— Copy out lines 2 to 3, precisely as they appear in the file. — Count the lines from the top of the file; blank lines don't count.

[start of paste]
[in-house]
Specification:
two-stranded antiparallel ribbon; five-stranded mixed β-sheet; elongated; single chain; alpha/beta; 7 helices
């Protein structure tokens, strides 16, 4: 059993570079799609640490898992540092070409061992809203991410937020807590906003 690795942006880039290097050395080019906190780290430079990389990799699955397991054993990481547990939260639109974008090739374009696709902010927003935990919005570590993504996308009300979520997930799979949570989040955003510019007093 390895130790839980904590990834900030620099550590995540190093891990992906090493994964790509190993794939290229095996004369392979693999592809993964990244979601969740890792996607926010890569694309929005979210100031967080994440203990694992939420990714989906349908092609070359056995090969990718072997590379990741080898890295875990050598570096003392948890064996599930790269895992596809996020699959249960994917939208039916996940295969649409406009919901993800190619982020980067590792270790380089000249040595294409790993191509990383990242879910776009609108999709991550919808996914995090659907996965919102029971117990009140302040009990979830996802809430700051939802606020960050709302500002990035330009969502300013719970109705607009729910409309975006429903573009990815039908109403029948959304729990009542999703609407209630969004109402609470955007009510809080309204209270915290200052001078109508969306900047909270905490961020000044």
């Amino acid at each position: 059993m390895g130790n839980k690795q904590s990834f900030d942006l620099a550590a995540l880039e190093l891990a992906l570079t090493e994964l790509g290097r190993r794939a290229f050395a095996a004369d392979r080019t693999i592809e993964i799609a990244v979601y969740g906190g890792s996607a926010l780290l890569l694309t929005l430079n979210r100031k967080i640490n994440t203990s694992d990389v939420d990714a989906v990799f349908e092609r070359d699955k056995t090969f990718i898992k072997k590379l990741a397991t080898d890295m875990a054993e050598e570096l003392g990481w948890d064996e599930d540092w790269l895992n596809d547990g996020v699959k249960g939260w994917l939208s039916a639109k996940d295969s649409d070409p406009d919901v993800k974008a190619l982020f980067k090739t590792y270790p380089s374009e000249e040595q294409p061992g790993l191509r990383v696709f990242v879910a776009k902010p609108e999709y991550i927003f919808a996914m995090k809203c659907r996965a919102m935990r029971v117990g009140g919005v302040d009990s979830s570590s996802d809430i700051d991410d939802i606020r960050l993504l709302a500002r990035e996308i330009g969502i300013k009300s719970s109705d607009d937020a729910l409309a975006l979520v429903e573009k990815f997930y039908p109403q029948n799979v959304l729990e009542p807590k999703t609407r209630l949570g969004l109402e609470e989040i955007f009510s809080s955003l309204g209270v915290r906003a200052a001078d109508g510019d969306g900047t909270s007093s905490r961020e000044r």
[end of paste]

Specification:
two-stranded antiparallel ribbon; five-stranded mixed β-sheet; elongated; single chain; alpha/beta; 7 helices